img(height="1" width="1" style="display:none" src="https://www.facebook.com/tr?id=2939831959404383&ev=PageView&noscript=1")

Inflatable ring offers lifeline for urban heat islands

Words:
Stephen Cousins

As climate change makes urban environments grow ever hotter, an inflatable ring supported by temporary stilts could bring welcome cooling shade

Urban shield.
Urban shield. Credit: Josema Cutillas

An abundance of concrete, a lack of green space and streets heaving with cars and buses all contribute to an urban heat island effect that ratchets up temperatures in cities compared to rural areas.

One innovative architectural response to the problem, developed by Czech studio Kogaa and hot air balloon maker Kubicek, takes the form of a giant inflatable ring on stilts, providing a cool shaded canopy for events in public spaces.

The 14m diameter modular transportable venue, known as Air Square, was created to improve the quality of urban environments, raise awareness of climate change adaptation and activate underused urban spaces by giving them a purpose.

According to Kogaa, the inflatable provides a large surface to shield from the sun, and its circular shape provides a “bigger reach of shading” compared to a straight wall, helping significantly cool down urban areas.

A version of the structure has been installed at Budapest’s City for the Future 2022 smart city expo, where various solutions to issues experienced by cities and municipalities are on display.

Air Square is suitable for functions such as performances, farmers markets, or as all-in-one public furniture with integrated seating, lighting, and shading. The ring absorbs sound generated within it to shield neighbouring properties and softly distributes daylight. At night it can be illuminated to make darker corners of the city more accessible.

  • Urban shield.
    Urban shield. Credit: Josema Cutillas
  • Urban shield.
    Urban shield. Credit: Josema Cutillas
  • Urban shield.
    Urban shield. Credit: Josema Cutillas
  • Perspective.
    Perspective.
  • Axonometry.
    Axonometry.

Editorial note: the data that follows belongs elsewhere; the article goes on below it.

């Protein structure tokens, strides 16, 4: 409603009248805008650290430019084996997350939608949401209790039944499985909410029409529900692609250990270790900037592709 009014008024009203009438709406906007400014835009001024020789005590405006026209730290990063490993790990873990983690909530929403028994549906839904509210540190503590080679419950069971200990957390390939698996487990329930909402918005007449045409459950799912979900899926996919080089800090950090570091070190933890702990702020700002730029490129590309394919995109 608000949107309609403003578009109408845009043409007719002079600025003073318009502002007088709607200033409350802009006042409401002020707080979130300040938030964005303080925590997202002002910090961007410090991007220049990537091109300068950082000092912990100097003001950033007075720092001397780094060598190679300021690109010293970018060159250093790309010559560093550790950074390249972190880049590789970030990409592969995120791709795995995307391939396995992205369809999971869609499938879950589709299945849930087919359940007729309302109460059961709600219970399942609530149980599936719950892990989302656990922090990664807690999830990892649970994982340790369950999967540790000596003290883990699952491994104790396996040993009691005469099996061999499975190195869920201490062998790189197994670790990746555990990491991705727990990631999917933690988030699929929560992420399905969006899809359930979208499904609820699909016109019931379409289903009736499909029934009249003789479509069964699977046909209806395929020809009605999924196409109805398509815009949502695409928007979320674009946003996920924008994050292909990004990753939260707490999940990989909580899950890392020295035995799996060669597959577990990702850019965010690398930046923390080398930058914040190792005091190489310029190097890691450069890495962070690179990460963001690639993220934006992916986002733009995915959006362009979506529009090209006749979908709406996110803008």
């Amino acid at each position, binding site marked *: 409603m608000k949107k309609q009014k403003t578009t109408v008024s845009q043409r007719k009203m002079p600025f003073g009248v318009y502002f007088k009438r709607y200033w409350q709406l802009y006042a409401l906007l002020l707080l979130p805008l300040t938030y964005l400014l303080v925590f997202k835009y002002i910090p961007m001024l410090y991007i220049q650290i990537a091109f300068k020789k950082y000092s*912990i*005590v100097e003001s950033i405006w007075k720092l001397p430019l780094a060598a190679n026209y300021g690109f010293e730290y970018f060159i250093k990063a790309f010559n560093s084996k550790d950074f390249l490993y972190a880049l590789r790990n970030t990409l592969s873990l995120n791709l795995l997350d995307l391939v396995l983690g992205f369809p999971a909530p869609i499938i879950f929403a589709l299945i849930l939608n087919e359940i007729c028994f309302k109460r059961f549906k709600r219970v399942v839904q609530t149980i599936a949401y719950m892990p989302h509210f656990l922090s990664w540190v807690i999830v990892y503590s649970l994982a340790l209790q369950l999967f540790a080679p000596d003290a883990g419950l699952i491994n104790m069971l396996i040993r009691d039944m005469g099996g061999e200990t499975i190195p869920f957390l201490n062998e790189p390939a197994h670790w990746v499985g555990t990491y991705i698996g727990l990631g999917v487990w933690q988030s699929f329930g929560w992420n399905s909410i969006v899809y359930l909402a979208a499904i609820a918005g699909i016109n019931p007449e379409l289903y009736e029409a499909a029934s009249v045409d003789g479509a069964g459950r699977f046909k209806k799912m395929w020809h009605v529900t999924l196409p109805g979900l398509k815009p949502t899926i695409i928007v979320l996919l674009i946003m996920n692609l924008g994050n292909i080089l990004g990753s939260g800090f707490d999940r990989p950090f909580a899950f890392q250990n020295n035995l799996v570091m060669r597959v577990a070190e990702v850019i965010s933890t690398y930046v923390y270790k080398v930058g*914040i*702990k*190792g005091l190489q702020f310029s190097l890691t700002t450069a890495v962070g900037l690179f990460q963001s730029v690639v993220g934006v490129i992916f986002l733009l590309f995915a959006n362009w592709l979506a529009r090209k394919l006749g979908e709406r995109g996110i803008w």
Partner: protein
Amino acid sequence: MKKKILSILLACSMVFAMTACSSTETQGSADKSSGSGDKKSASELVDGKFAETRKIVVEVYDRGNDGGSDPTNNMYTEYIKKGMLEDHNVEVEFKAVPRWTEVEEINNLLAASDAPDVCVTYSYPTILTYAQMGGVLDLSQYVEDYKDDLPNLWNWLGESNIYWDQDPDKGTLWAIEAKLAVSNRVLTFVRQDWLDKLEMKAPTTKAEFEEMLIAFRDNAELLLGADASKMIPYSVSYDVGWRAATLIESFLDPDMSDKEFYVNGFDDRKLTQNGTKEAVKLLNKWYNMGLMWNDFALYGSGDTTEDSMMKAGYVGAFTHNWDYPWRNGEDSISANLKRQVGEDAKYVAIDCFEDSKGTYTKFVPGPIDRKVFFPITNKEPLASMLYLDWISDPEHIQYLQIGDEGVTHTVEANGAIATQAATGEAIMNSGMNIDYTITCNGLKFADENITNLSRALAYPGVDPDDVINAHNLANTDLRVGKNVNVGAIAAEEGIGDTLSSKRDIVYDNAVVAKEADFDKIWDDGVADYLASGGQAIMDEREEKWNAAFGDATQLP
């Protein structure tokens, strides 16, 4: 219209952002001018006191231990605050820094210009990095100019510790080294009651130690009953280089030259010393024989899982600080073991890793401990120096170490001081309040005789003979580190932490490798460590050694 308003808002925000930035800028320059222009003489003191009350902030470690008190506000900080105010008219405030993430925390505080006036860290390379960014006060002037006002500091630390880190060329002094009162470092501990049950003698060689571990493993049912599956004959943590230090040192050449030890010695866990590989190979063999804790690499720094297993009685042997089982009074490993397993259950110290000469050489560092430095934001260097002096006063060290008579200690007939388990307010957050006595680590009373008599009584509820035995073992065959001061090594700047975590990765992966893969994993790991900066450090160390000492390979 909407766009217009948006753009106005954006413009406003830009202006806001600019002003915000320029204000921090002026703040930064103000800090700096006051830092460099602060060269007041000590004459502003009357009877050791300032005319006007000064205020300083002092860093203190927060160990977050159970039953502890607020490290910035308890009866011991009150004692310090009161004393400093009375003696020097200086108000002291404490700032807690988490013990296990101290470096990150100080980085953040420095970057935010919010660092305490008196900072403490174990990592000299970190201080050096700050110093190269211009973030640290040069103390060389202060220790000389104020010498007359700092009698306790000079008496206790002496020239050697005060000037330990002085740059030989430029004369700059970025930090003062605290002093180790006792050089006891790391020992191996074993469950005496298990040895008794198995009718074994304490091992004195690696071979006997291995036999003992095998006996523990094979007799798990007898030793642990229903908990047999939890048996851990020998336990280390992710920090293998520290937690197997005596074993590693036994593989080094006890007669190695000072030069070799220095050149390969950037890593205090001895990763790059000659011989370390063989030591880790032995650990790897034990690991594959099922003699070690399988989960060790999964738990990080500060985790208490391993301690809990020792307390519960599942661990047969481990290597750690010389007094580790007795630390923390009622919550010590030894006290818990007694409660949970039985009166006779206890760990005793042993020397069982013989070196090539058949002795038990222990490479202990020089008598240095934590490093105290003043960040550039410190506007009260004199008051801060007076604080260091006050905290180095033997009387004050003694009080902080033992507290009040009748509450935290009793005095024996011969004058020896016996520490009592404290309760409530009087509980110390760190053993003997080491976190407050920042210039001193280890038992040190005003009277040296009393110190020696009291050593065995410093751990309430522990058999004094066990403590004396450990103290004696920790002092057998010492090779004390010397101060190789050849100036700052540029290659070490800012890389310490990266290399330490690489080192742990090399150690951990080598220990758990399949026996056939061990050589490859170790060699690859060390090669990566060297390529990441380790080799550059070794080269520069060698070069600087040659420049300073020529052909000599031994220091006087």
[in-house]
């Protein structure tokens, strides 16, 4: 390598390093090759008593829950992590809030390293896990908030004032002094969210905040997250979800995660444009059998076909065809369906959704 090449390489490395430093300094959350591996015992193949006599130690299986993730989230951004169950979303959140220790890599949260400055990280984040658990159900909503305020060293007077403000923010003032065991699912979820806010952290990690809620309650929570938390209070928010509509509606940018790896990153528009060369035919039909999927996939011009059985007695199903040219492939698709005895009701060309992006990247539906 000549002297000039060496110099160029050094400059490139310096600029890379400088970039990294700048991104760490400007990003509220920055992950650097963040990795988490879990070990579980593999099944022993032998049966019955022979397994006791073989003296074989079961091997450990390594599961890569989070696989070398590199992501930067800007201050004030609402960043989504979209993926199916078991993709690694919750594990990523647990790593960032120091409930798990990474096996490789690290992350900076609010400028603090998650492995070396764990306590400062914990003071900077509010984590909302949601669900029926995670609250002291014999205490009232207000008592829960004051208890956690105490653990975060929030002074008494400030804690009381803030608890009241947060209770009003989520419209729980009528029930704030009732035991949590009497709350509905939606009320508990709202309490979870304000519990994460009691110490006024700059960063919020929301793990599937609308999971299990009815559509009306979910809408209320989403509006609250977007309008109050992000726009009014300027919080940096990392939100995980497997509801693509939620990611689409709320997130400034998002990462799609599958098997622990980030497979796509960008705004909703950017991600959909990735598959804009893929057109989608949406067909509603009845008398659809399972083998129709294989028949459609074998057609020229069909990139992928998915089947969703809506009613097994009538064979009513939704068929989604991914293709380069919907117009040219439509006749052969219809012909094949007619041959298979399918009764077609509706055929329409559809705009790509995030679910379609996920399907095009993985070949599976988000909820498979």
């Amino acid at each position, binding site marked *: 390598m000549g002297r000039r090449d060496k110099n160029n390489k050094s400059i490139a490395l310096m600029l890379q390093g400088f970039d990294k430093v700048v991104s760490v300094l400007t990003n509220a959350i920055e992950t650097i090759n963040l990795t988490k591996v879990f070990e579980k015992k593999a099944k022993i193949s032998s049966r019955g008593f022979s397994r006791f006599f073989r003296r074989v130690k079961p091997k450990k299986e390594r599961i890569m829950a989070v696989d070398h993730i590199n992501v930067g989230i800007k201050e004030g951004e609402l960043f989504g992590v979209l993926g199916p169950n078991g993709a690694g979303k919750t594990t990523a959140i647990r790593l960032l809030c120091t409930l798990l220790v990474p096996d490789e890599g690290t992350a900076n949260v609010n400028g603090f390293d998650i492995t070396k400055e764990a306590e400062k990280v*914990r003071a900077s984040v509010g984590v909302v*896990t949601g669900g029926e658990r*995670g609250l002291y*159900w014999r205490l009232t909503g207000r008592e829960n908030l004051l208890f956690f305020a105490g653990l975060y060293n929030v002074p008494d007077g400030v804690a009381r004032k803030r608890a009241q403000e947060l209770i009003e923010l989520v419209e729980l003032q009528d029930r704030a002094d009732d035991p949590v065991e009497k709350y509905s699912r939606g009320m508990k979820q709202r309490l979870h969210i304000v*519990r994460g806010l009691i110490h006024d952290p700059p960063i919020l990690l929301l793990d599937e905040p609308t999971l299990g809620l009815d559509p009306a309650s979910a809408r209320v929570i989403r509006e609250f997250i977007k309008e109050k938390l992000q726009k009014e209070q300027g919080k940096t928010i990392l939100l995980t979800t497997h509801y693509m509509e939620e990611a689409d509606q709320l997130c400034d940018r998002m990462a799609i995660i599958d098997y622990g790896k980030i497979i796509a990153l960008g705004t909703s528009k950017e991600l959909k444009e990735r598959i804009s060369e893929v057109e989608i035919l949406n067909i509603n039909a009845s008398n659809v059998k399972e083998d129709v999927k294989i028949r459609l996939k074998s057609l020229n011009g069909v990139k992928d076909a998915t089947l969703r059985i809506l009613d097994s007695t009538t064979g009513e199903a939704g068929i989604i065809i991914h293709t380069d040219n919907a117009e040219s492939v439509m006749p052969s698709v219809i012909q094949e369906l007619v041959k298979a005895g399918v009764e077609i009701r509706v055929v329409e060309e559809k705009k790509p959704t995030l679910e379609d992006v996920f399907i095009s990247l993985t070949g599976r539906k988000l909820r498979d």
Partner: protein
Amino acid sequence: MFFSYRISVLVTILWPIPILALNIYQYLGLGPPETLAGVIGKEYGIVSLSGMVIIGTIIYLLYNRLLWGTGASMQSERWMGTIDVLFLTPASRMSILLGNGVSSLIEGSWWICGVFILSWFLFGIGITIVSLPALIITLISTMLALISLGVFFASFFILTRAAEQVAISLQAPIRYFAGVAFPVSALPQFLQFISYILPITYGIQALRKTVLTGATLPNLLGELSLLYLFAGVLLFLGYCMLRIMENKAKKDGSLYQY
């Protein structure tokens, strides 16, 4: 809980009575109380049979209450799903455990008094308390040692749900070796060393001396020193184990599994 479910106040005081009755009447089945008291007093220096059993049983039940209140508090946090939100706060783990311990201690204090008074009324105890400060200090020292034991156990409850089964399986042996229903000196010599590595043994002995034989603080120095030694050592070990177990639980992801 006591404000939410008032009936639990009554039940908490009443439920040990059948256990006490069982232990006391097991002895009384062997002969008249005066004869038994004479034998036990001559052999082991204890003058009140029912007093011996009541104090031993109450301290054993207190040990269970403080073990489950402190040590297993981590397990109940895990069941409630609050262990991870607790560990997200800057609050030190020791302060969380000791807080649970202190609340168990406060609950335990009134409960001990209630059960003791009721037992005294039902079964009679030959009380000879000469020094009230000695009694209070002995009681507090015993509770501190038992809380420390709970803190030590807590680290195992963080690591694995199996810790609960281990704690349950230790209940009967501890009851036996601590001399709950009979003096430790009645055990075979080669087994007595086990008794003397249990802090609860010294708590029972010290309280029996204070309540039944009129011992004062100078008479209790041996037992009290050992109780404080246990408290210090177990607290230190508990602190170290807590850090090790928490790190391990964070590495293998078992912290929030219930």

• Plywood column.
    Plywood column.
123456

The reusable kit-of-parts system, complete with assembly instructions, combines a timber structural foundation with a lightweight inflatable polyester cushion above.

The completed structure is 6m high and comprises CNC-cut plywood planks bolted together to form a circular load-bearing frame with vertical legs and horizontal benches, and openings for people to pass through. This base, in combination with a fastening system, helps anchor the ring and resist wind forces.

Climate change has intensified the urban heat island effect in many cities during the peak summer months. A recent report attempted to quantify the impact on US cities and found that New Orleans was an average 8.9°F hotter than its surroundings, followed by Newark, New Jersey, at an average 7.7°F hotter, then New York City, at 7.6°F hotter.

Minimising the use of concrete in buildings, pavements and other infrastructure, increasing the amount of greenery, and using nature-based cooling solutions in place of air conditioners have been identified by environment and urban experts as ways to counter the impacts.

Latest

Dramatic shifts are being planned for the way students learn to become architects, as the RIBA and ARB look at different routes to qualification, how to deliver experience, rebalancing specific knowledge and skill sets and CPD, writes Eleanor Young

What will the ARB consultation mean for the profession?

Want to be part of a four-year housing framework, help masterplan a new garden city or revitalise a heritage-rich site in Shrewsbury? These are the latest architecture contracts and competitions from across the industry

Latest: Four-year multi-region housing framework

A musical scored by Richard Hawley is the unlikely vehicle to tell the story of the fall and rise of the Sheffield estate through the eyes of three sets of occupants. Laura Mark booked a seat

The fall and rise of the famed Sheffield estate reaches the stage

Changing market priorities saw Morris+Company shift to a unitised facade system for its Featherstone Building, but respect for the ancient context was critical

A change of construction method kept context as a constant

How did Feilden Fowles make a nine-day fortnight work? Why did the firm do it, and what do clients make of it? Director Edmund Fowles reveals a work/life success story

How did Feilden Fowles make its new office schedule work for everyone?